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In Pursuit of Instant Payments: The Latest From London

An Interview with Alistair Brown, Global Head of Payments, EPAM UK

Interview
  • Financial Services

At EPAM, we’ve been on the forefront of payments transformation for over a decade as we’ve worked to enable instant payments with innovative technology solutions. To add to the conversation, we recently interviewed Alistair Brown, Global Head of Payments, EPAM UK, to get his latest thinking on what’s driving the evolution to instant payments, the progress that’s been made so far, and what to expect in the future for customers, banks and fintechs alike.

What factors are driving instant payments and why is this such an important evolution?

If we can send a text or a selfie in real time, modern consumers expect to be able to deal with money equally quickly. It’s now a common requirement of the new economy for payments to be invisibly and immediately transferable, irrespective of the time of day or one’s time zone.

But this requirement has radical implications for the financial services industry and the entire payments ecosystem, since it was built in slower, more patient times with fundamentally different expectations, such as the standard business day limiting financial activity to a few hours a day driving the development of relevant rules, business models and technology. In the Age of Speed, these are no longer fit for purpose.

What are the likely benefits for instant payments to the consumer? To B2B firms?

Speed and reliability in line with contemporary behaviour will result from these developments – but more importantly, banking has finally been forced to become significantly more customer-centric in a way unimaginable even twenty years ago. The cost to the customer of being part of the process – and to businesses handling money – has been brought down by an industry-wide recognition that costs were unnecessarily high and that technological advancement could act as a massive cost reduction exercise across the ecosystem.

For small or medium-sized enterprises, one of the most significant business facts of life is cashflow; speed of payment from customers and suppliers can often be the difference between survival and organizational failure. Instant payments are a fundamental game-changer for small business.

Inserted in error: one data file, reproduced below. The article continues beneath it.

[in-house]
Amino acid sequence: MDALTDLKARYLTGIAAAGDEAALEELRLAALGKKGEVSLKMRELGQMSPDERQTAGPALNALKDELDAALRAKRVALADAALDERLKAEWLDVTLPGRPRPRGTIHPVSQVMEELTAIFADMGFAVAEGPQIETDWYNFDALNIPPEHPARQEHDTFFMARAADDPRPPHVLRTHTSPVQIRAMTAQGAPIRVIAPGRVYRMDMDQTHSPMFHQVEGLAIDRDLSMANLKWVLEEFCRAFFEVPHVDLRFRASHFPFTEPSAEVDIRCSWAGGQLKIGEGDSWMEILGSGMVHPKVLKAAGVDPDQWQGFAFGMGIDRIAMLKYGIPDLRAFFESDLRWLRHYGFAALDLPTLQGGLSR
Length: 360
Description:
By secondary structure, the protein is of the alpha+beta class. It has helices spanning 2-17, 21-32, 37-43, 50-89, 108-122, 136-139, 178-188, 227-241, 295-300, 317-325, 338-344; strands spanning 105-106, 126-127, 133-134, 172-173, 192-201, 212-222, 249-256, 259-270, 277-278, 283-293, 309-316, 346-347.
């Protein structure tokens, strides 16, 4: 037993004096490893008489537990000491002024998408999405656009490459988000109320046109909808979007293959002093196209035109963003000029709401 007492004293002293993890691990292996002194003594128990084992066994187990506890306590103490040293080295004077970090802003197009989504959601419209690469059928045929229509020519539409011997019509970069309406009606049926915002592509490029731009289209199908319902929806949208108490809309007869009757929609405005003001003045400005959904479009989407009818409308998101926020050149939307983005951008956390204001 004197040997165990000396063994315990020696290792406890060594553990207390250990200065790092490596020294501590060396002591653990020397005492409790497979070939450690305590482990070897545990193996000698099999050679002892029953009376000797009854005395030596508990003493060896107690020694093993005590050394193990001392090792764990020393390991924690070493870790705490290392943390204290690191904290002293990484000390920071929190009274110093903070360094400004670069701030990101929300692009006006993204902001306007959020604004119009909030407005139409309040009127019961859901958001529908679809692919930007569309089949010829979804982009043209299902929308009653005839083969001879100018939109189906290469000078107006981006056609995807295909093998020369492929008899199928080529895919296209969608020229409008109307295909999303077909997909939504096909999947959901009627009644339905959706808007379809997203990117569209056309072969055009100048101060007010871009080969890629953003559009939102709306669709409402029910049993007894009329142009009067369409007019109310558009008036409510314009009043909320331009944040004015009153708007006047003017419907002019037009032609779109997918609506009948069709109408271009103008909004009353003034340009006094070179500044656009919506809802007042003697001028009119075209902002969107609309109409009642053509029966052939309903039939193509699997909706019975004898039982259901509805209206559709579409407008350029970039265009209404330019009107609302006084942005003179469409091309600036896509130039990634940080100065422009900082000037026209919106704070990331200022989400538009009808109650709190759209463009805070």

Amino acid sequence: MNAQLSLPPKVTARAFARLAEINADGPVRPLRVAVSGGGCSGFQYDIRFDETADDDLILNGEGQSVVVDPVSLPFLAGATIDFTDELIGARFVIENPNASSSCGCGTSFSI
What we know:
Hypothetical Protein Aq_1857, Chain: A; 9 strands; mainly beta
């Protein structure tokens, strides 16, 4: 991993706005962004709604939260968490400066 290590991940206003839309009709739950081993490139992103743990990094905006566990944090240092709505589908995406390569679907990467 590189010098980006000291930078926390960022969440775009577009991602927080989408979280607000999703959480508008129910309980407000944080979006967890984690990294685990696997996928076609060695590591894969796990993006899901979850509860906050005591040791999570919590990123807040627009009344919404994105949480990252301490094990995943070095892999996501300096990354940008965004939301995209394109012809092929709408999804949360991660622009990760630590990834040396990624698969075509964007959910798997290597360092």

Where are we now with the payments landscape, and is the global/regional/national infrastructure ready for such a change? For example, the UK has Faster Payments and other countries like Singapore are heading that way, but are we ready?

Instant payments have been available in one form or another since the 1970s (Japan’s ZENGIN, 1973), but new technology and intensifying demands from both consumers and businesses have met to throw its evolution into fifth gear. The US has leapt ahead with the work of The Clearing House’s RTP network enabling digital services for corporate and retail customers. In Europe, TARGET Instant Payment Settlement (TIPS) is a new market infrastructure service launched by the European Central Bank (ECB) in November 2018, enabling payment service providers to offer fund transfers to their customers in real time around the clock, 365 days per year. However, while this means that individuals and businesses can transfer money between each other within seconds, irrespective of banking hours, it only settles in Euro since settlement is made in central bank money. This attempt at a pan-European Instant Payments solution is based on the Single Euro Payments Area (SEPA) Instant Credit Transfer (SCT Inst).